Bloomberg Law’s annual Thanksgiving Holiday Practices Survey discovered that a preponderance of U.S. workers will have a long weekend over the upcoming holiday, with nearly four in five (78 percent) indicating that they will provide a day off with pay for both Thanksgiving and the following day. For a complimentary copy of the report and to learn more about organizations’ Thanksgiving workplace practices, visit http://on.bna.com/sehv30gpMDs.
“A robust economy may be the reason behind so many employers being so generous with time off during the holiday,” said Molly Huie, Manager, Surveys and Reports, Bloomberg BNA. “Even though most employers are giving a full four day holiday weekend, a third of them still say they need at least some workers in the office — those responsible for the essential operations.”
Among the survey’s other key findings:
Those that work on Thanksgiving will get a stuffed wallet. Over eight in ten organizations (85 percent) that have employees laboring on Thanksgiving will provide some form of extra compensation, including time-and-one-half pay (33 percent), double pay (27 percent) and both extra pay and compensation time (6 percent). Only six percent of organizations will provide regular pay only.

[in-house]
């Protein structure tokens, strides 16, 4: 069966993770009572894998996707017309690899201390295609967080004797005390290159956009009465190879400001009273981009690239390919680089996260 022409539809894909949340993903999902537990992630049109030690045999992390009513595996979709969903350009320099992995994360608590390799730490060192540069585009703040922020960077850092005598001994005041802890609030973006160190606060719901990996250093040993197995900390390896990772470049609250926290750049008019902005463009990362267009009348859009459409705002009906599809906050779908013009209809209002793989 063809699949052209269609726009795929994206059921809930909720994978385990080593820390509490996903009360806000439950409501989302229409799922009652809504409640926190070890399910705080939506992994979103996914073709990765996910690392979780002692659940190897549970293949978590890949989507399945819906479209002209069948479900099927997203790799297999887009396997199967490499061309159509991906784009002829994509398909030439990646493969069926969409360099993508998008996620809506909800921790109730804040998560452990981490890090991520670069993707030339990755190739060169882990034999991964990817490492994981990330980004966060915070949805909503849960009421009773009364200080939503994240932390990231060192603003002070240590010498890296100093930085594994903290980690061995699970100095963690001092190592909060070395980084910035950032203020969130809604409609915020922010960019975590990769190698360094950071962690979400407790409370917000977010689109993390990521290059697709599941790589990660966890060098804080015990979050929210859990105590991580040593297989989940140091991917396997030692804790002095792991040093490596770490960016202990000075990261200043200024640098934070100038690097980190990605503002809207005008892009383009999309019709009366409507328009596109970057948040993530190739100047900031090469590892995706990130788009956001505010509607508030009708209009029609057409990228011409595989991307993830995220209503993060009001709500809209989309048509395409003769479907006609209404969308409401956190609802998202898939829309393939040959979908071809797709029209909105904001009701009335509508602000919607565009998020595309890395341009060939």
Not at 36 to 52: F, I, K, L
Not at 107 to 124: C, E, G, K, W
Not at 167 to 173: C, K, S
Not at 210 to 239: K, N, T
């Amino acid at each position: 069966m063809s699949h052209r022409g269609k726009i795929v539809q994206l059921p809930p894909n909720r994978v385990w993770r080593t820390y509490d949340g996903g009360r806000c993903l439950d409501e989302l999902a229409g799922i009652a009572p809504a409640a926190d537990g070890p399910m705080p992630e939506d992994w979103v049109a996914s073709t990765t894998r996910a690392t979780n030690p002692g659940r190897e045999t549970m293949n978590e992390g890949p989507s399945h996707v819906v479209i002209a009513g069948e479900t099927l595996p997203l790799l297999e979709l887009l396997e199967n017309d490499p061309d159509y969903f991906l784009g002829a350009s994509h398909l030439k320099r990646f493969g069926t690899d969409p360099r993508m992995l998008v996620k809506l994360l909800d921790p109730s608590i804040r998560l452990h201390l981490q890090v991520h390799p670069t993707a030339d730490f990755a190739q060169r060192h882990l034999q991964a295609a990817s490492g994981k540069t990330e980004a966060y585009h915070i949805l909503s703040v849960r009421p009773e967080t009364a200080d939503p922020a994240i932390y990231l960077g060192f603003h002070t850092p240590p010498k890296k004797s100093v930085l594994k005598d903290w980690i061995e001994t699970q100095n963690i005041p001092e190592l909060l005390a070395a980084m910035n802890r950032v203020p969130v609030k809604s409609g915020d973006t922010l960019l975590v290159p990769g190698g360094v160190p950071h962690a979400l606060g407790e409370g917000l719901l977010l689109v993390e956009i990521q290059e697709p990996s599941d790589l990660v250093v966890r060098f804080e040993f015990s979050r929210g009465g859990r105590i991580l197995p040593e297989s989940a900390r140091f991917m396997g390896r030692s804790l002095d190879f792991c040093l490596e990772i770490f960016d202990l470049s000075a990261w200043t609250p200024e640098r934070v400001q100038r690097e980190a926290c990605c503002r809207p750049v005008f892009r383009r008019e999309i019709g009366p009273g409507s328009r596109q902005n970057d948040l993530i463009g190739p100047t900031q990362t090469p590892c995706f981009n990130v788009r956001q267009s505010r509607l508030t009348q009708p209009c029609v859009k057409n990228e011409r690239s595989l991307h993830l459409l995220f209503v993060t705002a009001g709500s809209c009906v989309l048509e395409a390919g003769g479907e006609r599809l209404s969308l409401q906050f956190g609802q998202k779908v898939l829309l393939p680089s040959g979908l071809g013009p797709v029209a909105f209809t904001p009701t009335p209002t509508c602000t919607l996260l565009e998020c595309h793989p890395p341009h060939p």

The larger the company, the more likely it will require some to work. Sixty-three percent of large organizations (those with over 1,000 employees) will require some to pull a holiday shift, as compared to only 22 percent of small organizations.
Employees responsible for service & maintenance and security & public safety are most likely to be required to work on Thanksgiving. Much like in past years, service and maintenance staff (17 percent) and security and public safety workers (16 percent), are most likely to hold down the fort on the holiday.
Workers in manufacturing are most likely to get four paid days off. Over nine in ten (91 percent) of manufacturers indicated they will provide a paid holiday to all or most of their employees on Thanksgiving Day and the Friday after, compared with 75 percent of both nonbusiness organizations — such as schools, police departments, municipalities and hospitals — and nonmanufacturing companies.
Thanksgiving gifts are the exception. Thanksgiving gifts are not the norm, as only 23 percent of employers plan to give their employees gifts or host holiday luncheons or dinners.
Employers aren’t likely to give workers the bird. Only three percent of organizations will give out a turkey to all or most employees. Manufacturers are the most likely to adhere to this tradition with seven percent planning to provide the holiday bird to their workers.
Bloomberg Law has been tracking Thanksgiving employer practices since 1980 and this year’s survey is based on a survey of senior human resource and employee relations executives representing nearly 400 employers. The survey was administered in September 2017 and respondents represent a wide range of U.S. employers across a range of industries.